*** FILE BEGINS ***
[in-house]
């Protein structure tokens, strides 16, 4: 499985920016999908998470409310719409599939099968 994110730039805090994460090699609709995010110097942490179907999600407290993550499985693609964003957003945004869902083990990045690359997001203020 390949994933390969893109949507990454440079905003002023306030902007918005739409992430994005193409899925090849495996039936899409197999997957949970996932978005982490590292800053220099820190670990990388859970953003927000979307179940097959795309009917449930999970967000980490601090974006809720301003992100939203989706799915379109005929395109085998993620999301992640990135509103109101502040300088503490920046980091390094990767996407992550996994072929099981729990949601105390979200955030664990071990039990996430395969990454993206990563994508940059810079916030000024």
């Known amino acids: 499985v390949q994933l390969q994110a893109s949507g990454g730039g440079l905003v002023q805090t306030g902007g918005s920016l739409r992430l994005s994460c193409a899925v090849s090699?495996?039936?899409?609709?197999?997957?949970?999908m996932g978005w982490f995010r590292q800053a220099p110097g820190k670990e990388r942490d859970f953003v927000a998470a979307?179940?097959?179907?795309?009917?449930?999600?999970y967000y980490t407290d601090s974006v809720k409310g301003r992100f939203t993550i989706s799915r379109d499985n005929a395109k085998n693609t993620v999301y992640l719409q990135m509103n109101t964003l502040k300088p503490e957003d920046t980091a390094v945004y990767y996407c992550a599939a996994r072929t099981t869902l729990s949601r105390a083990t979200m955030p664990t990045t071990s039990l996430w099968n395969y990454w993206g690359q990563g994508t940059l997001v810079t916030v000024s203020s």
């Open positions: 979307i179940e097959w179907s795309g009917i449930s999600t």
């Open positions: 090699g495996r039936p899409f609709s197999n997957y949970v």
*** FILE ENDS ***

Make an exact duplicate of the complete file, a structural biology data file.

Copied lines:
[in-house]
């Protein structure tokens, strides 16, 4: 499985920016999908998470409310719409599939099968 994110730039805090994460090699609709995010110097942490179907999600407290993550499985693609964003957003945004869902083990990045690359997001203020 390949994933390969893109949507990454440079905003002023306030902007918005739409992430994005193409899925090849495996039936899409197999997957949970996932978005982490590292800053220099820190670990990388859970953003927000979307179940097959795309009917449930999970967000980490601090974006809720301003992100939203989706799915379109005929395109085998993620999301992640990135509103109101502040300088503490920046980091390094990767996407992550996994072929099981729990949601105390979200955030664990071990039990996430395969990454993206990563994508940059810079916030000024």
């Known amino acids: 499985v390949q994933l390969q994110a893109s949507g990454g730039g440079l905003v002023q805090t306030g902007g918005s920016l739409r992430l994005s994460c193409a899925v090849s090699?495996?039936?899409?609709?197999?997957?949970?999908m996932g978005w982490f995010r590292q800053a220099p110097g820190k670990e990388r942490d859970f953003v927000a998470a979307?179940?097959?179907?795309?009917?449930?999600?999970y967000y980490t407290d601090s974006v809720k409310g301003r992100f939203t993550i989706s799915r379109d499985n005929a395109k085998n693609t993620v999301y992640l719409q990135m509103n109101t964003l502040k300088p503490e957003d920046t980091a390094v945004y990767y996407c992550a599939a996994r072929t099981t869902l729990s949601r105390a083990t979200m955030p664990t990045t071990s039990l996430w099968n395969y990454w993206g690359q990563g994508t940059l997001v810079t916030v000024s203020s």
């Open positions: 979307i179940e097959w179907s795309g009917i449930s999600t």
């Open positions: 090699g495996r039936p899409f609709s197999n997957y949970v």